rotating crops

Rotating Crops can Improve your Garden.

How many of you plan to rotate crops planted in your garden every year?  Well I grew up on a ranch where everything we ate was grown or traded with family and friends.  My aunt raised chickens; she must have had hundreds of them.  Two areas of them, one was for raising the little ones to eating size and then she had the regular pen for eating now.  Their friend and his family raised goats, another rabbits and so on.

Spring was always fun, my grandfather would drive this huge old tractor with disk in the back.  He would til the ground for my grandmother and make her rows for her.  (Wish I had one of those tractors).  But I don’t have the land that they did either.

I never understood why they planted things in different places every year, now that I plant my garden I understand.  Of course, I tried the same every year.  They grew so well in that spot why not try again.  They grew but got a smaller crop.  If your crop is grown in the same place and getting thinner or diseased, try this good advice from on rotating crops.

“Vegetables that are members of the same botanical family are susceptible to the same problems, so try to follow members of one family with members of a different family.  For example, plant tomatoes in the spot where the beans grew last year, the squash in the spot where peas grew, etc.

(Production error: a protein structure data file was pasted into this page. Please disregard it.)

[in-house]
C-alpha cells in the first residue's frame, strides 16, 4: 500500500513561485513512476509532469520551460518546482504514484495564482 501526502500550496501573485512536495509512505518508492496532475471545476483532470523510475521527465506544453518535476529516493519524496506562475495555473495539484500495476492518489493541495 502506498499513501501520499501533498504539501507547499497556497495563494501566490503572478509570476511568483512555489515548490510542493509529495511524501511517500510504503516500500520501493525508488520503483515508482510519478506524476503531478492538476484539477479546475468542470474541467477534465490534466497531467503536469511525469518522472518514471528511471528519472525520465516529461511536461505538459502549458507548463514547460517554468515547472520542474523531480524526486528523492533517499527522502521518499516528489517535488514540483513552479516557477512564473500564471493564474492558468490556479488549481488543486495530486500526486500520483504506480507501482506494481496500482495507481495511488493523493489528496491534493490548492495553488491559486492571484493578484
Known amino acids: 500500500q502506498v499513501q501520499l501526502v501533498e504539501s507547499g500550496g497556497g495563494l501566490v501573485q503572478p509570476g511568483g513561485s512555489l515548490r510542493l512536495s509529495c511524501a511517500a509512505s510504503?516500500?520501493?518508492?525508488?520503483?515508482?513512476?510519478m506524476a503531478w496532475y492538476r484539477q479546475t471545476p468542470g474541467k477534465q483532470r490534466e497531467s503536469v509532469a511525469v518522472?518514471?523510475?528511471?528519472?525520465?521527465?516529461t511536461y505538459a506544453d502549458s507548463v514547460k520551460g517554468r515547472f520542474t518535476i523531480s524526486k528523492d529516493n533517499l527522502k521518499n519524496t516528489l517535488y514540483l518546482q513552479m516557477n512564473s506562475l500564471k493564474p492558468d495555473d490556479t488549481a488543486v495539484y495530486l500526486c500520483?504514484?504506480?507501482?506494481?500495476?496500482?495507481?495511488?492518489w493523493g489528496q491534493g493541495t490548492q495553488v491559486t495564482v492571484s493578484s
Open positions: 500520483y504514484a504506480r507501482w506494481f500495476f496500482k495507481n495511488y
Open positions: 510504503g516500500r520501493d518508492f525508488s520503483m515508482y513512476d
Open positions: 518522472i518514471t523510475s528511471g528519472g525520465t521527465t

The Tomato Family The tomato family includes tomatoes, eggplant, peppers, and potatoes.  These are heavy feeders and are best planted in enriched soil.  Tomato Family members also are often affected by the same diseases.  Never follow tomatoes after potatoes because deadly late blight can overwinter in potatoes that might have been missed and remain in the soil.

The Bean Family these crops enrich the soil by adding a little nitrogen.  This group includes green beans, sweet peas, southern peas, jicama, and peanuts as well as clover and vetch used as cover crops in the cool season.

The Squash Family Squash family members are heavy feeders that grow best in rich soil.  They include summer and winter squash, pumpkins, gourds like bitter melon, cucumbers, and melons such as cantaloupe and watermelon.

The Cabbage Family These leafy greens thrive on nitrogen-rich soil.  Plant them where a member of the bean family has grown before.  Members include cabbage, broccoli, cauliflower, kale, collards, and turnips.”

My grandmother didn’t draw a plan for rotating crops, she just did it and she was always picking vegetables and canning for winter.  They also fed the ranch workers from the garden during harvest.

For those of you who have small raised beds, it could be a little harder for you, rotating crops, but even if you change from one end to the other it helps.  Plant flowers to attract bees, for pollination.

Well happy growing and hopefully I have been of some help. If you have any other ideas, we would love to hear from you.

Preparedness Mom

2 thoughts on “Rotating Crops can Improve your Garden.”

  1. I’m constantly helping people with their gardens. Having grown up around them I have a lot of knowledge that I’m glad to share with others. One bit advice for those with small beds or little space is to use the 3 sisters method. Plant corn, pole beans and squash in one area. The beans use the corn as if they were poles and the squash covers the low area. There is plenty of info out there on this if anyone is interested. Thank you for spreading this info.

  2. Joe
    Thanks for the comment, anytime you wish to share gardening information let me know, I will be happy to post it.

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